Around 2pm my mom and I went to the hospital to see my aunt. She was kind of out of it; she became very agitated when Dawn, one of the student nurses, went home for the day. She really liked Dawn, and when she needed something after Dawn's shift was over, she became very upset that Dawn wasn't there, and wasn't understanding that Dawn went home and another nurse had taken over for her. Just before we got there, they had to give her something to calm her down. She was also on oxygen today, which she wasn't yesterday. But I think maybe they put her on that after she became stressed out over Dawn.
She didn't seem to know my mom and I were there today, but she kept calling out for Dawn, and you could tell the drugs they gave her to calm her down were making her sleepy, and she was trying to fight it.
It was discouraging that she didn't seem to be doing as well as when we left her last night, but I'm sure the sedation drug had a lot to do with it. It's got to be hard for them to keep her calm, but not so drugged up that she can't do her therapy to get better.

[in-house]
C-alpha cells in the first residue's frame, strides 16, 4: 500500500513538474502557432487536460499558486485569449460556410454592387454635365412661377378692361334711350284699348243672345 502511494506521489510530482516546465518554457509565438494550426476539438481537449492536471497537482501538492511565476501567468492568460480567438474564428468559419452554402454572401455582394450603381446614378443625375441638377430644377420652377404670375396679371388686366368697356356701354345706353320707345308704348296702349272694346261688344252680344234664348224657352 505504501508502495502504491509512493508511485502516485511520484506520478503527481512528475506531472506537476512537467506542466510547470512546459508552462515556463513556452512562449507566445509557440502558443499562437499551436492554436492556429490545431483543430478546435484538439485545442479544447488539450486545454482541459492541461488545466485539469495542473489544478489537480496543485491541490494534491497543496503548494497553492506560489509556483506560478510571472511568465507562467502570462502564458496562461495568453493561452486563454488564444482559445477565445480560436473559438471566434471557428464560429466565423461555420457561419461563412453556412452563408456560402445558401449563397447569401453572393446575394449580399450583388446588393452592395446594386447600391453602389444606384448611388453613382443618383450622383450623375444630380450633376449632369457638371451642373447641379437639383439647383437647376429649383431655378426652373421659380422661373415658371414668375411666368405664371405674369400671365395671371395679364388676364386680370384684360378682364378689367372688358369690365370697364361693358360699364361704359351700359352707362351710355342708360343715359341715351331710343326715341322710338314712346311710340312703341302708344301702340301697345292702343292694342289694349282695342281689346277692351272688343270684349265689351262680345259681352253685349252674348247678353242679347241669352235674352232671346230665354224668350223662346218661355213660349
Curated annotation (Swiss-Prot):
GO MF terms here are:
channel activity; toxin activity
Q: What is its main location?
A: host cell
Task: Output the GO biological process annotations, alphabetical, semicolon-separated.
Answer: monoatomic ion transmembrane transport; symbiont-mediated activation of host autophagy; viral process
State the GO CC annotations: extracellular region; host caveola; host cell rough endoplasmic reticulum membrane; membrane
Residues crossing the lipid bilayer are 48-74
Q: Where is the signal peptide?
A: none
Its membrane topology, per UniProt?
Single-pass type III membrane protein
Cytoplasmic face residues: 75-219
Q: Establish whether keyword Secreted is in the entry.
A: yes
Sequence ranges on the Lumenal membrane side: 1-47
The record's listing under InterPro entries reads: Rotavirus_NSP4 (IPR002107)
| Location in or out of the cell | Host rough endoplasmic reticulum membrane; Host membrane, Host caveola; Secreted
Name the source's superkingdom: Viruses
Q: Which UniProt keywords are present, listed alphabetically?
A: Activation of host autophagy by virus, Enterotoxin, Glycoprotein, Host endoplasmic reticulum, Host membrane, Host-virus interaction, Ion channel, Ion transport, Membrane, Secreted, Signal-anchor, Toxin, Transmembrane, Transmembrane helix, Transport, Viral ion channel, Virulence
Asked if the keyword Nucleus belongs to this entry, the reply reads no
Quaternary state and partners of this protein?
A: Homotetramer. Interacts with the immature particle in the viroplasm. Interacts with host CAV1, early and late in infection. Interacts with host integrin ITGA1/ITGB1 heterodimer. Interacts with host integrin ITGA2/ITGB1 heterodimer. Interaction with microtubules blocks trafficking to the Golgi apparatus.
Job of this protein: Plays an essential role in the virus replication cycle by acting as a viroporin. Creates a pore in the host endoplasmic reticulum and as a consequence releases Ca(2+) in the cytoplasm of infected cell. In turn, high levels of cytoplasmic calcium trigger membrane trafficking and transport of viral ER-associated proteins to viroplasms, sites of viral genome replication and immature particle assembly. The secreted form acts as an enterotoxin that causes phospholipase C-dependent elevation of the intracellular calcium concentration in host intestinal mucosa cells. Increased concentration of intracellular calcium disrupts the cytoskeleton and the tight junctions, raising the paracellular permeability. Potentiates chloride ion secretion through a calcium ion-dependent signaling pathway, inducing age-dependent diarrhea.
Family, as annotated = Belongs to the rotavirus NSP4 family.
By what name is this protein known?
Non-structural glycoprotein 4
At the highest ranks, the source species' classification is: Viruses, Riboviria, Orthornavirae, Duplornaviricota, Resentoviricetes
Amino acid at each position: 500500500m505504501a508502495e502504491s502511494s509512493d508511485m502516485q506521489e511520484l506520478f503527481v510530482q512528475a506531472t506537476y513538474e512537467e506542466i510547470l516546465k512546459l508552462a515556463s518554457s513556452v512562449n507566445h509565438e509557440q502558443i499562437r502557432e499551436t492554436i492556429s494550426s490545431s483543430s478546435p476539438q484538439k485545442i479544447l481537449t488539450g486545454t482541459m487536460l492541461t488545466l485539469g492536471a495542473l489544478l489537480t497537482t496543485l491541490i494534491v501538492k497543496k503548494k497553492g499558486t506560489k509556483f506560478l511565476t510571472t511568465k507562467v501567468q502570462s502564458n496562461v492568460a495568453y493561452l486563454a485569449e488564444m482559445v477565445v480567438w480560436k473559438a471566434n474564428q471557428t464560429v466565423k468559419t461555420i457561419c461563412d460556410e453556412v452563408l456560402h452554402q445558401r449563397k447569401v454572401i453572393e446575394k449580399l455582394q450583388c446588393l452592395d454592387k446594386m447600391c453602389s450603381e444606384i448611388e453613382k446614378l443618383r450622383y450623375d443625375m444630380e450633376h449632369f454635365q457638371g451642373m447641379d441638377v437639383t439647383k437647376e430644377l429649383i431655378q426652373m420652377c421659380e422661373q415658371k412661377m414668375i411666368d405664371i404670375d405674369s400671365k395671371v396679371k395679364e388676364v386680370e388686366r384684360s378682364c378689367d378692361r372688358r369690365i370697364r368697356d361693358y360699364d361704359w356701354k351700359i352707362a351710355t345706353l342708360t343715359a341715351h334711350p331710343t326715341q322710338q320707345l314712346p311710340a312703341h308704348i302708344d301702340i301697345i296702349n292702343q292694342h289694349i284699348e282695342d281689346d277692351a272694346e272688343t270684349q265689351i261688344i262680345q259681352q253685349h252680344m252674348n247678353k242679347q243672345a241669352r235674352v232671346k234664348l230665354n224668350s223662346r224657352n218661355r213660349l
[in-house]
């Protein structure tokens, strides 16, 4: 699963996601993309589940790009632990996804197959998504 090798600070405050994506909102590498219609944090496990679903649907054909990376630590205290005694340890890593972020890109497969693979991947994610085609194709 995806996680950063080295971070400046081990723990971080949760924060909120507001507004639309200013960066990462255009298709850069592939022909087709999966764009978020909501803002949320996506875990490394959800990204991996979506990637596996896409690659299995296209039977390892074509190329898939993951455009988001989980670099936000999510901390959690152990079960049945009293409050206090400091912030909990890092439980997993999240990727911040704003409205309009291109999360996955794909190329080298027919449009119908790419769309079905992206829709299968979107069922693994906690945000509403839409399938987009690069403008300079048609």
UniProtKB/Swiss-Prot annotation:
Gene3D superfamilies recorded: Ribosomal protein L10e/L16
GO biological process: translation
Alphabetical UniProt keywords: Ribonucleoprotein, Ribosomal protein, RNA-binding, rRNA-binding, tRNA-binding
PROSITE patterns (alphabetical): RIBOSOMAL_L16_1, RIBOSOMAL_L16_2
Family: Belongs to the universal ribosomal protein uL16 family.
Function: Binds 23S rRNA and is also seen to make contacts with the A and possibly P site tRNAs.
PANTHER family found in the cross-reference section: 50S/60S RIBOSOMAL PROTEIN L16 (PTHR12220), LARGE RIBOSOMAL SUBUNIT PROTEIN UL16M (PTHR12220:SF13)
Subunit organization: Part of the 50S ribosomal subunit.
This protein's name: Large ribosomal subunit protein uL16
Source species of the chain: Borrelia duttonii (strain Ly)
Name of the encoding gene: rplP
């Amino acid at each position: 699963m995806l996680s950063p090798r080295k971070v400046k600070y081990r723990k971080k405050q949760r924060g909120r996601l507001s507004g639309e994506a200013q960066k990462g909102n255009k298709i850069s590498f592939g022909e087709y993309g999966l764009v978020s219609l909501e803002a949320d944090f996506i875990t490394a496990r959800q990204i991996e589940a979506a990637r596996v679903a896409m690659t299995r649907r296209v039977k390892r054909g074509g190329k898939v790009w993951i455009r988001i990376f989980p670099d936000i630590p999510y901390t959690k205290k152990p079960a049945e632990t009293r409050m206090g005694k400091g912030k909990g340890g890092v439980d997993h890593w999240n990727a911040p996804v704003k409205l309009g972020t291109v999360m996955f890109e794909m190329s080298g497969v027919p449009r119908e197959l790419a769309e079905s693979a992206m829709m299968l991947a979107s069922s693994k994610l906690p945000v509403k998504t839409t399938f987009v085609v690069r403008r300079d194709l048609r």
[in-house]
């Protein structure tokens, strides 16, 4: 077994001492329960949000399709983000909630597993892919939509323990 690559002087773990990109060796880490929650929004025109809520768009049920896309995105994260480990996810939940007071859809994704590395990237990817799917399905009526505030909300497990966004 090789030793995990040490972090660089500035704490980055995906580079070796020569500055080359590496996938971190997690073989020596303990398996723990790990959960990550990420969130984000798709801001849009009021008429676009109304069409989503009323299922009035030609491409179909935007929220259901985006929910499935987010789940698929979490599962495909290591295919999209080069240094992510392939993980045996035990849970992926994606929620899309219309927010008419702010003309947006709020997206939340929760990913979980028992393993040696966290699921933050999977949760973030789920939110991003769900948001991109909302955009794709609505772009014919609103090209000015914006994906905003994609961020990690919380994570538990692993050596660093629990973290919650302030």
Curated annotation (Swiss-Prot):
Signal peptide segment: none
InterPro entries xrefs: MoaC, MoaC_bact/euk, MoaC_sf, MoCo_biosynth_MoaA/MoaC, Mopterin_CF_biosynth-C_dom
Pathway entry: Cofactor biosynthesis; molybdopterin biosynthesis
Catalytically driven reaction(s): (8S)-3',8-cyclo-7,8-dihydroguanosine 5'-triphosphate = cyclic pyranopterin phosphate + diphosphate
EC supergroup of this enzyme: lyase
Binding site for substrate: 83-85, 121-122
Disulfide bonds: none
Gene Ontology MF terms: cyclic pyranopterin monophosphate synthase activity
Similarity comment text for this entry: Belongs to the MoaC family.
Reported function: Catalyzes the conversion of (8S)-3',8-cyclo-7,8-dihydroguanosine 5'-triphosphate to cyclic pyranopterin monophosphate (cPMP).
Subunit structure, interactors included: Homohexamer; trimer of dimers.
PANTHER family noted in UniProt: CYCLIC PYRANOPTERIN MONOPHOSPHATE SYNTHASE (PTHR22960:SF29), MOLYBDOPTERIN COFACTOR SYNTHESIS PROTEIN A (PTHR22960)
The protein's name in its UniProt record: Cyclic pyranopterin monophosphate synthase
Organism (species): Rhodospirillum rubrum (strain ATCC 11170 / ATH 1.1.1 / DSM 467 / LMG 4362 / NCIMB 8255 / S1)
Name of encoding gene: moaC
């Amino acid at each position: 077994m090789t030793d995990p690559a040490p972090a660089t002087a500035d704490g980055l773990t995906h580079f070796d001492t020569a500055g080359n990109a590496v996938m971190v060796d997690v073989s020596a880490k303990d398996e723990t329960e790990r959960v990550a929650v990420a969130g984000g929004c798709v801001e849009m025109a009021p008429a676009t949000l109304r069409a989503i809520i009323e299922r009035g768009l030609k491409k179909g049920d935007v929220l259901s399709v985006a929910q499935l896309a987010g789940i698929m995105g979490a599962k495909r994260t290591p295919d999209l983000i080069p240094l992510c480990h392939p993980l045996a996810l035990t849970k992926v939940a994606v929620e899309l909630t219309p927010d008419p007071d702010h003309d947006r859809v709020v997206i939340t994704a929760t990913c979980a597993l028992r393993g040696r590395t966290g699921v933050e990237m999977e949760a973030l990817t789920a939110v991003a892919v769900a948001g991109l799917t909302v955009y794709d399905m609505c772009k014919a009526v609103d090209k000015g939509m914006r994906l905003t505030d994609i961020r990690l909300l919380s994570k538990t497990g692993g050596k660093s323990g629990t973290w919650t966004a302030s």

I just pray that she recovers enough to enjoy life again, and not have to be confined to a bed and feel confused all the time. I want her to live, but I want her to have quality of life too.
I just took a pain pill for my hip. Yesterday, the day after my Zometa treatment, that hip didn't hurt at all; I just felt the usual bone pain in my other leg instead. The same thing happened with my Zometa treatment last month; the hip pain mysteriously disapeared the day after my treatment, only to return as usual the next day. But the fact that I was pain free for a couple of days in that hip tells me that it should be possible to have more pain free days. But the bone pain in my right leg is gone today; with the Zometa, the bone pain is usually gone within about 36 hours.
I am hoping the next nerve block injection, which I'll be getting on the 17th, will make me feel even better. The local university here is doing their own Relay for Life, a 12 hour one instead of a 24 hour, at their indoor recreation center March 20th. I got an invitation to the Survivor Celebration and would really like to go, and be able to walk a few laps. This Relay is being done by the university; we will still be having the usual 24 hour Relay in the fall that Mecosta county has been doing for years.
Wednesday, March 04, 2009
My Aunt Elinor is my mom's oldest sister. While I was growing up, she was a like a grandmother to me; two of my grandparents died before I was born, and the remaining two were gone by the time I was 7 years old.